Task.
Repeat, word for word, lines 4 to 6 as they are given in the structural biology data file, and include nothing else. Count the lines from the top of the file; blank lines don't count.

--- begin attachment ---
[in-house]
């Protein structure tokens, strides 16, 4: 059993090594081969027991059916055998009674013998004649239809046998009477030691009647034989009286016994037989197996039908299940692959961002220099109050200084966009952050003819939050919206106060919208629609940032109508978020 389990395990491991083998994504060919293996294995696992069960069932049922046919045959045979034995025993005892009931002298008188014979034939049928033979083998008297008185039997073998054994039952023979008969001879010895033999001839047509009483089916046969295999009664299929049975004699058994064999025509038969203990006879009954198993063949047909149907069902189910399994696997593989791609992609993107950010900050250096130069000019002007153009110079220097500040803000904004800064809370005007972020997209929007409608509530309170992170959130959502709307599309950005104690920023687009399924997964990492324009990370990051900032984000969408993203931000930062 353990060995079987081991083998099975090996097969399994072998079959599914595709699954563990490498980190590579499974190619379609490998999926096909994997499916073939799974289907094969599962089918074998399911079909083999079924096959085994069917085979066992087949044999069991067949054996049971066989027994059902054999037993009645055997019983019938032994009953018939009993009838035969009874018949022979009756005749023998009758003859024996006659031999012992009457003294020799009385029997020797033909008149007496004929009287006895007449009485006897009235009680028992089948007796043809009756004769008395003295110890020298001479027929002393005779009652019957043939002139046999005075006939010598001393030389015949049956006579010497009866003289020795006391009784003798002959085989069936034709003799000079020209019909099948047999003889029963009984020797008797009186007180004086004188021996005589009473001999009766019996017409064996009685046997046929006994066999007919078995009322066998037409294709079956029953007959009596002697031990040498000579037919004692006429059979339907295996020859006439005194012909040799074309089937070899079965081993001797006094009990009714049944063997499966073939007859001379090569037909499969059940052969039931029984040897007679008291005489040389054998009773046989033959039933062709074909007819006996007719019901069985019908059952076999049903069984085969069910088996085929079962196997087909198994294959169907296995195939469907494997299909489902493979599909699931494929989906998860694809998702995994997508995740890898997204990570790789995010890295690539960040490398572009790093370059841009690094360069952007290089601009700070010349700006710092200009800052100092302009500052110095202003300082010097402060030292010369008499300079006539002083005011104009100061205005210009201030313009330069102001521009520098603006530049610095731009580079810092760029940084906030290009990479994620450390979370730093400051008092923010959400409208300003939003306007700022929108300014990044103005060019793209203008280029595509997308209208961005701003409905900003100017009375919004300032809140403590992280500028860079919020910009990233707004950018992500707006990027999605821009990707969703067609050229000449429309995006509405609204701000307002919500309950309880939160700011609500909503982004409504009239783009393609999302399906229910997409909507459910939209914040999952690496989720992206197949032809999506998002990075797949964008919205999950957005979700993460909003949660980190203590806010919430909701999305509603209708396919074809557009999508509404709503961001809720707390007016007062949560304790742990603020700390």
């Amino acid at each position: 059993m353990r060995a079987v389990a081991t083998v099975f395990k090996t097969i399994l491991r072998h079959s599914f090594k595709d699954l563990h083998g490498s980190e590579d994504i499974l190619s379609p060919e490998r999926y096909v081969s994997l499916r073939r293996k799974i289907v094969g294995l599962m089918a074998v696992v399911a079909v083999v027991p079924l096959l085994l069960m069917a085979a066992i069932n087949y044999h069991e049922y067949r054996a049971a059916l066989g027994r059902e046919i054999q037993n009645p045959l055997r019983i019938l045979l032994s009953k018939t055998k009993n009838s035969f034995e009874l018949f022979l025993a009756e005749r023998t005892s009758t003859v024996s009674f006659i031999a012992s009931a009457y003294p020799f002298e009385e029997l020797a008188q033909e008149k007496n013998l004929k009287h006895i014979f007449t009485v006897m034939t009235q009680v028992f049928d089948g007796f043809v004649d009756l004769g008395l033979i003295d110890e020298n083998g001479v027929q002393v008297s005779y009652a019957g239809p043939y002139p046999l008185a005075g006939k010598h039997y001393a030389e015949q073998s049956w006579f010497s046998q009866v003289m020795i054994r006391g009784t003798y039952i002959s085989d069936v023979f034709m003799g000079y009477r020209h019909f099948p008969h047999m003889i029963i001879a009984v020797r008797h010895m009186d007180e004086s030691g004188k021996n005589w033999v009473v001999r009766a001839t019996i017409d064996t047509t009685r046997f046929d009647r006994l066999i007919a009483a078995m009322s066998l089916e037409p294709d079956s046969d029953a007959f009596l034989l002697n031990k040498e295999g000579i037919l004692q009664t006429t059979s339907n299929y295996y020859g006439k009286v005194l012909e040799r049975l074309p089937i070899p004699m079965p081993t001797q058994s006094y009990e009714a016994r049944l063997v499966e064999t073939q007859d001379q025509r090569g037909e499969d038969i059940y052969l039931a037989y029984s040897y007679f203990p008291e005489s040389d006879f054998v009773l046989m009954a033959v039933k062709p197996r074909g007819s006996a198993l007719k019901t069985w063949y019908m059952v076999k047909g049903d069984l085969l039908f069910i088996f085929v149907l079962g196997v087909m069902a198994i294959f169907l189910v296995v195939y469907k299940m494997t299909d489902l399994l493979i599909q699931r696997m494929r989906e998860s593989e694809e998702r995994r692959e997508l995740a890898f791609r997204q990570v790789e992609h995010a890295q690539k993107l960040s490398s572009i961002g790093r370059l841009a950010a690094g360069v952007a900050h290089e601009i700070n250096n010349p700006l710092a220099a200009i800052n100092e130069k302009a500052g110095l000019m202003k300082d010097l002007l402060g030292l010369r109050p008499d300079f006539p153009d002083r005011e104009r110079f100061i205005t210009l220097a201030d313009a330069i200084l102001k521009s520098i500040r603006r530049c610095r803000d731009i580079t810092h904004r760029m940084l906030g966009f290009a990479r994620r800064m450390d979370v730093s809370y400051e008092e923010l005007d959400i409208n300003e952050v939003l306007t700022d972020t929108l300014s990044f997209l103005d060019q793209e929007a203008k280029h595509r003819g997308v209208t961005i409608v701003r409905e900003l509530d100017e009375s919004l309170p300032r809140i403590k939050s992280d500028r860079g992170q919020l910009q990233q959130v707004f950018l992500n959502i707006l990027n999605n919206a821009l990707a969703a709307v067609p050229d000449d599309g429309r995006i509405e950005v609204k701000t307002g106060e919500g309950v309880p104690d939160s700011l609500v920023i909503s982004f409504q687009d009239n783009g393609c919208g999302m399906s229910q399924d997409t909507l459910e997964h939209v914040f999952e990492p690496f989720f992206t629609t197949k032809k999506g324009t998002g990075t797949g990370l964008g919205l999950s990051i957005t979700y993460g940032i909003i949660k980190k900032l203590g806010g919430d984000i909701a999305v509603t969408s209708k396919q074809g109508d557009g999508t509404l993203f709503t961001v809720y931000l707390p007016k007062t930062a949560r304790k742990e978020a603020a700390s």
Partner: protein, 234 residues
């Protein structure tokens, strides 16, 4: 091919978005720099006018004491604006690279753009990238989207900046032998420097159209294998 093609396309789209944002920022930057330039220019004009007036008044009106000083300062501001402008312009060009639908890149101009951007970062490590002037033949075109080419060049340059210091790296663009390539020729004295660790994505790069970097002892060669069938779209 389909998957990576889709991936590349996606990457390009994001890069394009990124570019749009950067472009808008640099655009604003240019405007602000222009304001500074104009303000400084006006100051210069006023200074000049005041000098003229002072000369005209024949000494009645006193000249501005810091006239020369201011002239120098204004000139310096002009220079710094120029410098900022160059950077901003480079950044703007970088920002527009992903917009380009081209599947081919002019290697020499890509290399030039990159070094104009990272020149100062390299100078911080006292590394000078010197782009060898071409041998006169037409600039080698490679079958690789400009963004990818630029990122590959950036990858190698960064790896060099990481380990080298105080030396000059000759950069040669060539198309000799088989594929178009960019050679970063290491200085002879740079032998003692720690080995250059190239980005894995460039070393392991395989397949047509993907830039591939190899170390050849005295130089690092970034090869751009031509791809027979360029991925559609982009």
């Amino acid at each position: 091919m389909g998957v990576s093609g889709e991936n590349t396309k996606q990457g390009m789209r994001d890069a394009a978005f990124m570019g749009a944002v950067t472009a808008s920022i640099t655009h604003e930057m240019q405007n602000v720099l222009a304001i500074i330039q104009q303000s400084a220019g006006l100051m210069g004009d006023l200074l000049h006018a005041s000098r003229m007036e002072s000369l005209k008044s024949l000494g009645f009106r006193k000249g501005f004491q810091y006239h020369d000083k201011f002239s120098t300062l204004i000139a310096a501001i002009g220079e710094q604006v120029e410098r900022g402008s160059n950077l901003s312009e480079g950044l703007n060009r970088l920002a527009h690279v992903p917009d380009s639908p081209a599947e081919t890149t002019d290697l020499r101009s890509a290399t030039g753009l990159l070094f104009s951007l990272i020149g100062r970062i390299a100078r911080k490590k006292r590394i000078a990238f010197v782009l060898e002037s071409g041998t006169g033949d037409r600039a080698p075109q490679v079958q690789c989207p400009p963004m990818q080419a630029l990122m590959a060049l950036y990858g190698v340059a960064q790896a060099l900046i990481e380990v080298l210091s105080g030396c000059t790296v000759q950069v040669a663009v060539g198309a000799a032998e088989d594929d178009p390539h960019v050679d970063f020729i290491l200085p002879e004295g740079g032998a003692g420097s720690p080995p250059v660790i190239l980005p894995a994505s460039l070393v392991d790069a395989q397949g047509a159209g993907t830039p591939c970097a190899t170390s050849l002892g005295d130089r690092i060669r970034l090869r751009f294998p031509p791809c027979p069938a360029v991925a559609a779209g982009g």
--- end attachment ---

Partner: protein, 234 residues
């Protein structure tokens, strides 16, 4: 091919978005720099006018004491604006690279753009990238989207900046032998420097159209294998 093609396309789209944002920022930057330039220019004009007036008044009106000083300062501001402008312009060009639908890149101009951007970062490590002037033949075109080419060049340059210091790296663009390539020729004295660790994505790069970097002892060669069938779209 389909998957990576889709991936590349996606990457390009994001890069394009990124570019749009950067472009808008640099655009604003240019405007602000222009304001500074104009303000400084006006100051210069006023200074000049005041000098003229002072000369005209024949000494009645006193000249501005810091006239020369201011002239120098204004000139310096002009220079710094120029410098900022160059950077901003480079950044703007970088920002527009992903917009380009081209599947081919002019290697020499890509290399030039990159070094104009990272020149100062390299100078911080006292590394000078010197782009060898071409041998006169037409600039080698490679079958690789400009963004990818630029990122590959950036990858190698960064790896060099990481380990080298105080030396000059000759950069040669060539198309000799088989594929178009960019050679970063290491200085002879740079032998003692720690080995250059190239980005894995460039070393392991395989397949047509993907830039591939190899170390050849005295130089690092970034090869751009031509791809027979360029991925559609982009």
């Amino acid at each position: 091919m389909g998957v990576s093609g889709e991936n590349t396309k996606q990457g390009m789209r994001d890069a394009a978005f990124m570019g749009a944002v950067t472009a808008s920022i640099t655009h604003e930057m240019q405007n602000v720099l222009a304001i500074i330039q104009q303000s400084a220019g006006l100051m210069g004009d006023l200074l000049h006018a005041s000098r003229m007036e002072s000369l005209k008044s024949l000494g009645f009106r006193k000249g501005f004491q810091y006239h020369d000083k201011f002239s120098t300062l204004i000139a310096a501001i002009g220079e710094q604006v120029e410098r900022g402008s160059n950077l901003s312009e480079g950044l703007n060009r970088l920002a527009h690279v992903p917009d380009s639908p081209a599947e081919t890149t002019d290697l020499r101009s890509a290399t030039g753009l990159l070094f104009s951007l990272i020149g100062r970062i390299a100078r911080k490590k006292r590394i000078a990238f010197v782009l060898e002037s071409g041998t006169g033949d037409r600039a080698p075109q490679v079958q690789c989207p400009p963004m990818q080419a630029l990122m590959a060049l950036y990858g190698v340059a960064q790896a060099l900046i990481e380990v080298l210091s105080g030396c000059t790296v000759q950069v040669a663009v060539g198309a000799a032998e088989d594929d178009p390539h960019v050679d970063f020729i290491l200085p002879e004295g740079g032998a003692g420097s720690p080995p250059v660790i190239l980005p894995a994505s460039l070393v392991d790069a395989q397949g047509a159209g993907t830039p591939c970097a190899t170390s050849l002892g005295d130089r690092i060669r970034l090869r751009f294998p031509p791809c027979p069938a360029v991925a559609a779209g982009g």